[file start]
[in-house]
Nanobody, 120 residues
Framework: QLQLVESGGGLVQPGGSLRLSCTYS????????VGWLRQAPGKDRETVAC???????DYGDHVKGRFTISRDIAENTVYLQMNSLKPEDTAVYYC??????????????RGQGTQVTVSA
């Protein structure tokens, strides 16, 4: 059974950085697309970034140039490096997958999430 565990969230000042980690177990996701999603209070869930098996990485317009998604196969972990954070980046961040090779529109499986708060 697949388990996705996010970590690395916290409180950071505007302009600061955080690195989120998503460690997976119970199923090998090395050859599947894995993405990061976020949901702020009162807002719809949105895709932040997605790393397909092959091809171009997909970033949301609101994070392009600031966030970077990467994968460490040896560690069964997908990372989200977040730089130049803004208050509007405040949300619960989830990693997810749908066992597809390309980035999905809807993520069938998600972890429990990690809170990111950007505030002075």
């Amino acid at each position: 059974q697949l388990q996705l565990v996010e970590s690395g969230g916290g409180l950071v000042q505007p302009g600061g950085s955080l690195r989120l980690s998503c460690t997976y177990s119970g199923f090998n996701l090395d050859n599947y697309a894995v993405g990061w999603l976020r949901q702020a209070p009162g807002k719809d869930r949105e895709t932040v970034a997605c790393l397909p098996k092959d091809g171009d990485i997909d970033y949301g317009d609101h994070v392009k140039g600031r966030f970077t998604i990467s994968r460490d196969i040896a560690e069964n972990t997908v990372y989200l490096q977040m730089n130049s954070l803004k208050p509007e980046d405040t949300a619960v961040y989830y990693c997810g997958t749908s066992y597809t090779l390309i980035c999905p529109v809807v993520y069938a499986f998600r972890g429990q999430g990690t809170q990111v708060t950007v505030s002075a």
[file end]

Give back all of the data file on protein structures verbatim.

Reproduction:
[in-house]
Nanobody, 120 residues
Framework: QLQLVESGGGLVQPGGSLRLSCTYS????????VGWLRQAPGKDRETVAC???????DYGDHVKGRFTISRDIAENTVYLQMNSLKPEDTAVYYC??????????????RGQGTQVTVSA
């Protein structure tokens, strides 16, 4: 059974950085697309970034140039490096997958999430 565990969230000042980690177990996701999603209070869930098996990485317009998604196969972990954070980046961040090779529109499986708060 697949388990996705996010970590690395916290409180950071505007302009600061955080690195989120998503460690997976119970199923090998090395050859599947894995993405990061976020949901702020009162807002719809949105895709932040997605790393397909092959091809171009997909970033949301609101994070392009600031966030970077990467994968460490040896560690069964997908990372989200977040730089130049803004208050509007405040949300619960989830990693997810749908066992597809390309980035999905809807993520069938998600972890429990990690809170990111950007505030002075």
């Amino acid at each position: 059974q697949l388990q996705l565990v996010e970590s690395g969230g916290g409180l950071v000042q505007p302009g600061g950085s955080l690195r989120l980690s998503c460690t997976y177990s119970g199923f090998n996701l090395d050859n599947y697309a894995v993405g990061w999603l976020r949901q702020a209070p009162g807002k719809d869930r949105e895709t932040v970034a997605c790393l397909p098996k092959d091809g171009d990485i997909d970033y949301g317009d609101h994070v392009k140039g600031r966030f970077t998604i990467s994968r460490d196969i040896a560690e069964n972990t997908v990372y989200l490096q977040m730089n130049s954070l803004k208050p509007e980046d405040t949300a619960v961040y989830y990693c997810g997958t749908s066992y597809t090779l390309i980035c999905p529109v809807v993520y069938a499986f998600r972890g429990q999430g990690t809170q990111v708060t950007v505030s002075a």